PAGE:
You need an effective platform to build your community and take in feedback that you can use to improve your product. If you’re building your brand community from scratch, there are 3 great platforms you should do this with.


Facebook groups are a fantastic feature to use as a counter for Facebook’s diminishing organic reach. Whether you build a community around your own page or join a group focusing on a topic relevant to your business, on Facebook you can form relationships with users in your target demographic.

You can use Facebook groups to inform those users of product launches or other events important to your business. They’re also handy for directly asking your customers for feedback, which can help you strengthen your reputation, as well as give you ideas for future improvements.

Forums and Voting Message Boards

Forums and message boards such as Reddit or Quora are simple, yet effective platforms that encourage the exchange of ideas, allowing users to rate experiences and develop a brand culture made of active community members. 

Like Facebook groups, they enable you to get in touch with users who are already interested in your niche. From there, you can determine which topics interest your potential customers and discover their pain points.

When someone posts a question related to the kind of product that you offer, you have the perfect opportunity to demonstrate your knowledge. This will keep you top-of-mind if and when the member who asked the question gets to the purchasing stage.

It also increases your chances of the member recommending you to someone else in their circle.

Mobile Apps

If you use mobile apps for community building, you will have more flexibility and control over the features, than you would have with any other platform. Keep in mind that, when outsourcing a platform to use as a foundation for your online community, you also forgo control over some impactful decisions.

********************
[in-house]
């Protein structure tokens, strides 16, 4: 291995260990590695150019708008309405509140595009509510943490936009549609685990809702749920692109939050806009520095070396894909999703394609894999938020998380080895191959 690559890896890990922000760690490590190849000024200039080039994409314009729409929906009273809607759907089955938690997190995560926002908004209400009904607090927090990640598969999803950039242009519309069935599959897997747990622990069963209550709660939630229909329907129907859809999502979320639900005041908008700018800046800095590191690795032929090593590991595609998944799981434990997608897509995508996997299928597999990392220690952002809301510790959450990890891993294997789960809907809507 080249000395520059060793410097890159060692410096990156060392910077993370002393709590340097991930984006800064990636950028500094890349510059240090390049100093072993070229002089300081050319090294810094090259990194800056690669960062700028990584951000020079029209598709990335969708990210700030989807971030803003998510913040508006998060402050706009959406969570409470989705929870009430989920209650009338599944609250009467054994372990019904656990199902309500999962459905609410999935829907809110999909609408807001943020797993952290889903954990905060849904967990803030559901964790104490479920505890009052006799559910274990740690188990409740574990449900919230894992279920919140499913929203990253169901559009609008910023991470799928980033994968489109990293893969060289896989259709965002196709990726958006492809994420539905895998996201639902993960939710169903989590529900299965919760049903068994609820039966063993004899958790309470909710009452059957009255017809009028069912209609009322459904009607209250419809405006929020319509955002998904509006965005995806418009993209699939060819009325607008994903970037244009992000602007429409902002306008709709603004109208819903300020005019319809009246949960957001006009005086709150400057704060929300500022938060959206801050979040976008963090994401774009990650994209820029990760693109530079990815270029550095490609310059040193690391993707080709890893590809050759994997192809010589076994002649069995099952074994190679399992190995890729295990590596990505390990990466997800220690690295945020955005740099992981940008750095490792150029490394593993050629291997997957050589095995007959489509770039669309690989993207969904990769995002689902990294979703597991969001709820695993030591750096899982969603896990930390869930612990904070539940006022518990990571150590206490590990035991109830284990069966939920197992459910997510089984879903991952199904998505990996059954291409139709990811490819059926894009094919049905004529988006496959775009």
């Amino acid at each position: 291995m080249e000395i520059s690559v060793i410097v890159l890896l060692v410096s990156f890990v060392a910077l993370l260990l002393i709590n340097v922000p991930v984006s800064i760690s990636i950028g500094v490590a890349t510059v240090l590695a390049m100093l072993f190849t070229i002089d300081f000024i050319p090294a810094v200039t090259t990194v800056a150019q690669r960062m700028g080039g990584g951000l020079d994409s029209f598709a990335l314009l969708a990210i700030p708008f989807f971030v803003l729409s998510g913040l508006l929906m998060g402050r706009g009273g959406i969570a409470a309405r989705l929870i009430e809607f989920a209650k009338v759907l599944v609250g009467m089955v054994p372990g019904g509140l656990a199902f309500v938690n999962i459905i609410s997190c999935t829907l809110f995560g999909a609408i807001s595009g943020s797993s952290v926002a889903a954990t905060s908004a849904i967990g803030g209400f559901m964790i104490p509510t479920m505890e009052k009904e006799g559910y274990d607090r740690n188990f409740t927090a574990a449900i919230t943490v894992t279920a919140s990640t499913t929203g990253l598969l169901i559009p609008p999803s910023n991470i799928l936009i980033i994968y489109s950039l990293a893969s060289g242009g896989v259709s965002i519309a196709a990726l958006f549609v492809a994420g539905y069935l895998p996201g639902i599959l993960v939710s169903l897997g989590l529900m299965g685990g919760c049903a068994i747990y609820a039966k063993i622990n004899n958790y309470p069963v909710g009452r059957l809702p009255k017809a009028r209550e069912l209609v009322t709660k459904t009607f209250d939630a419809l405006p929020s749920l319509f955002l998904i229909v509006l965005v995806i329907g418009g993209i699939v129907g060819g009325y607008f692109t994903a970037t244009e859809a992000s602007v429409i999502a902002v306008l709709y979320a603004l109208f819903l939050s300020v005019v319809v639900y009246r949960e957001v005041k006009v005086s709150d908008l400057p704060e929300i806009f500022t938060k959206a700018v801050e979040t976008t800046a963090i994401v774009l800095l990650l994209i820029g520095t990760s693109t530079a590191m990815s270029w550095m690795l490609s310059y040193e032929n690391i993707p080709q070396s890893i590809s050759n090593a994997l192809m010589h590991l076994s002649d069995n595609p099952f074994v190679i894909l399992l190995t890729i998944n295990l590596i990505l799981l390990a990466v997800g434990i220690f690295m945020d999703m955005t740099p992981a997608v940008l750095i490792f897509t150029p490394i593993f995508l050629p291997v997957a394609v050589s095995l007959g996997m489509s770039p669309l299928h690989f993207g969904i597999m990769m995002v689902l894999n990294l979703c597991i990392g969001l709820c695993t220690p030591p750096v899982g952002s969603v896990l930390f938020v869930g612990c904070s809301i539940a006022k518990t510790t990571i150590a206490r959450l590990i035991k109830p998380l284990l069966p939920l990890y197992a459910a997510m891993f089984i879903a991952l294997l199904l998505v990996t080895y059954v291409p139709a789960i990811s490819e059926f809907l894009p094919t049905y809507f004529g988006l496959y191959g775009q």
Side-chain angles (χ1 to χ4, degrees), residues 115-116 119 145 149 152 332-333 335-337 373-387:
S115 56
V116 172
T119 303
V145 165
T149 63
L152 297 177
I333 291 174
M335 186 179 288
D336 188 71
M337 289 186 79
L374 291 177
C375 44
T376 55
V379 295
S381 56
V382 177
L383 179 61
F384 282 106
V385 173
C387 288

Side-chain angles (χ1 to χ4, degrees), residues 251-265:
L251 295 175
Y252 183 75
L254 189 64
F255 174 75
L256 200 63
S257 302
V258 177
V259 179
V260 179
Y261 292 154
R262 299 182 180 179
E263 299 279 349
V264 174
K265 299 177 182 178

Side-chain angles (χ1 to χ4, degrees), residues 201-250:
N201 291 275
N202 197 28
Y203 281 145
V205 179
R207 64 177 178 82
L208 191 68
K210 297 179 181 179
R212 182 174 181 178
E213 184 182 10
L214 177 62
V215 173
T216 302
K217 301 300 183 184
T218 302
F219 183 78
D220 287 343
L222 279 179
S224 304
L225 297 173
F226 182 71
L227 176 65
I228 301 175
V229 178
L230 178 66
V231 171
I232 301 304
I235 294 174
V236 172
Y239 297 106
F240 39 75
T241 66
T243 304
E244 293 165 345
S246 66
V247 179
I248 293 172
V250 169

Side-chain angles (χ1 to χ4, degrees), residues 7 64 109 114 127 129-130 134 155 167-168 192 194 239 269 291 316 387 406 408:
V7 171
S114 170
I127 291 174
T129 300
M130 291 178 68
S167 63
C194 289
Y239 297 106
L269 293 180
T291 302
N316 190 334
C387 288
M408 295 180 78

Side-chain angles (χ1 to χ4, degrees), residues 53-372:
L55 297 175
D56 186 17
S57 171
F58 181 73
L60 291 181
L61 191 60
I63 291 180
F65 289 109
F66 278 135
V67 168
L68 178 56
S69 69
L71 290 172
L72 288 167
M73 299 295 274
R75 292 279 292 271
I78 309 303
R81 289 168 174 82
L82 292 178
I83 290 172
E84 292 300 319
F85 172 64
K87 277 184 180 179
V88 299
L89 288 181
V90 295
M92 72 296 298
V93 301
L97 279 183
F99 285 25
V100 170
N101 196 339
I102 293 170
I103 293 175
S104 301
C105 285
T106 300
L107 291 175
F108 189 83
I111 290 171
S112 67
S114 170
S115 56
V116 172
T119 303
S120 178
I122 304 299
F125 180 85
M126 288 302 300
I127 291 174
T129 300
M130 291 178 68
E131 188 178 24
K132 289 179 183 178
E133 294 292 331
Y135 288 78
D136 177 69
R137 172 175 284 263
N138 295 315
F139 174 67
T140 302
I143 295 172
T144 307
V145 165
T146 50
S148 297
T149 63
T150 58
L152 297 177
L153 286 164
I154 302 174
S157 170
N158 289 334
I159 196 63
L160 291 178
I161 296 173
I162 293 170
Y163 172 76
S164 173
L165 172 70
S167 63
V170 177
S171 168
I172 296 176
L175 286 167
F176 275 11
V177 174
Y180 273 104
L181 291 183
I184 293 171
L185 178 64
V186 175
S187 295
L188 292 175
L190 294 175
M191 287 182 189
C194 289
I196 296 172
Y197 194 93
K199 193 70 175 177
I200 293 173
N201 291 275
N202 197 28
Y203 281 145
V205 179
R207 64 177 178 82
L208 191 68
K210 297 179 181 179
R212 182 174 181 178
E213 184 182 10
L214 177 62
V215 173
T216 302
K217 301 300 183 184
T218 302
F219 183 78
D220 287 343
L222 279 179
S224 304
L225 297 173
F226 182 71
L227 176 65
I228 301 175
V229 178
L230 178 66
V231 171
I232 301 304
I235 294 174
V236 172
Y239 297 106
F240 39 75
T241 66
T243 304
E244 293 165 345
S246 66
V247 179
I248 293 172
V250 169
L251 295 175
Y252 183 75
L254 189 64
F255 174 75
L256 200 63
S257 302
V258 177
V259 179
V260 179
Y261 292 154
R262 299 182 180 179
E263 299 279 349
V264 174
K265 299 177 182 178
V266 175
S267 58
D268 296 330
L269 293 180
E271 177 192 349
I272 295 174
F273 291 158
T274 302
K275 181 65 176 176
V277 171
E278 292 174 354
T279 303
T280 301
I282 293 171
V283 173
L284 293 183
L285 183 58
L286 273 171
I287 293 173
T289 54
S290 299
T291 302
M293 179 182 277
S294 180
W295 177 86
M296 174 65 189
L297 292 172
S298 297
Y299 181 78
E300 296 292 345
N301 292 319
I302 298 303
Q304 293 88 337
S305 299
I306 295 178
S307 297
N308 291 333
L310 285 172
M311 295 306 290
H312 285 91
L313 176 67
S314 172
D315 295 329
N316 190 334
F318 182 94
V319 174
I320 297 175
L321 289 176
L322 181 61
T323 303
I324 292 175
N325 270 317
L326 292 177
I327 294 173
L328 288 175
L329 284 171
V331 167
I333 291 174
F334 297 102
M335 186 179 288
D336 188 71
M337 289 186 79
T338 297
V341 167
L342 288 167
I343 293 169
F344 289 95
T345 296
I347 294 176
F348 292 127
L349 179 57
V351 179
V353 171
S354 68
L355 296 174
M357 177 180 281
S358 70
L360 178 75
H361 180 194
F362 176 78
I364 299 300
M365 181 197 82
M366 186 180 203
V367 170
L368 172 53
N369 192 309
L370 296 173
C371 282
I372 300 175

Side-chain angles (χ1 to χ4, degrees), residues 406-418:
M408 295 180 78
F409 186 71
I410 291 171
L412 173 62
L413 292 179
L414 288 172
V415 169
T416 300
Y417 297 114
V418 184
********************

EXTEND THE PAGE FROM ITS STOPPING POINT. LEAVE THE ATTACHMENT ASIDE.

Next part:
For example, if you build your brand community on YouTube as your prime platform, whenever the platform changes their community guidelines, those changes can affect your community negatively. 

Therefore, the most beneficial move would be to have a unified platform where you can build a brand community while retaining full control over the platform’s development. Building a mobile app might seem like a challenging task, but it puts your small business in an excellent position from which it can connect with their customers, provide value, and collect feedback directly

For instance, you can notify your target audience of discounts they might be interested in, upsell to them, or conduct opinion polls and collect data in other ways.

It essentially gives a company instant access to its customers, allowing it to nurture them on its own terms.

The Takeaway

Building a community centered around your brand is an investment that pays off many times over. However, it requires hard work and commitment.  Focusing on building an online community for your brand gives you an edge over your competition that goes beyond mere pricing or slight differences in products and services. 

If you want to build a community for your brand, carefully consider the tips above, pick your platform, and get down to work. Keep in mind that community building is a constant process – your community will scatter if neglected. It requires nourishment and effort from its leaders and involvement from its members.